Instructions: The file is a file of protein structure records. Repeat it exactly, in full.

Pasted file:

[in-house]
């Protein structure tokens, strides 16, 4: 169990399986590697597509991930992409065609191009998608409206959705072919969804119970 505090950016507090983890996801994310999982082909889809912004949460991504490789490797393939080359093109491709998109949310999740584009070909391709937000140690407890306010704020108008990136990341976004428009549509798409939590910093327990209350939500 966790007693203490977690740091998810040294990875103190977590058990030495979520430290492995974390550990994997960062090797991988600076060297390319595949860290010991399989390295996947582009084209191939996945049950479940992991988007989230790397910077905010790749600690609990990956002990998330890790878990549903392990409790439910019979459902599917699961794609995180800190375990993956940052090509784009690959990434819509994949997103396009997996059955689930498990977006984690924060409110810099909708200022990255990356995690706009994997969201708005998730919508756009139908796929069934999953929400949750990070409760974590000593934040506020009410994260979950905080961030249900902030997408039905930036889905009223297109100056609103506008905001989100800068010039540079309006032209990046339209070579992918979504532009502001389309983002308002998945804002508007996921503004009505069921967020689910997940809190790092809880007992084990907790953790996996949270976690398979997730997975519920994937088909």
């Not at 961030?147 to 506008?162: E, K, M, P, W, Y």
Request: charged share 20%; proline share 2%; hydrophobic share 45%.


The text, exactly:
[in-house]
């Protein structure tokens, strides 16, 4: 169990399986590697597509991930992409065609191009998608409206959705072919969804119970 505090950016507090983890996801994310999982082909889809912004949460991504490789490797393939080359093109491709998109949310999740584009070909391709937000140690407890306010704020108008990136990341976004428009549509798409939590910093327990209350939500 966790007693203490977690740091998810040294990875103190977590058990030495979520430290492995974390550990994997960062090797991988600076060297390319595949860290010991399989390295996947582009084209191939996945049950479940992991988007989230790397910077905010790749600690609990990956002990998330890790878990549903392990409790439910019979459902599917699961794609995180800190375990993956940052090509784009690959990434819509994949997103396009997996059955689930498990977006984690924060409110810099909708200022990255990356995690706009994997969201708005998730919508756009139908796929069934999953929400949750990070409760974590000593934040506020009410994260979950905080961030249900902030997408039905930036889905009223297109100056609103506008905001989100800068010039540079309006032209990046339209070579992918979504532009502001389309983002308002998945804002508007996921503004009505069921967020689910997940809190790092809880007992084990907790953790996996949270976690398979997730997975519920994937088909």
């Not at 961030?147 to 506008?162: E, K, M, P, W, Y």
Request: charged share 20%; proline share 2%; hydrophobic share 45%.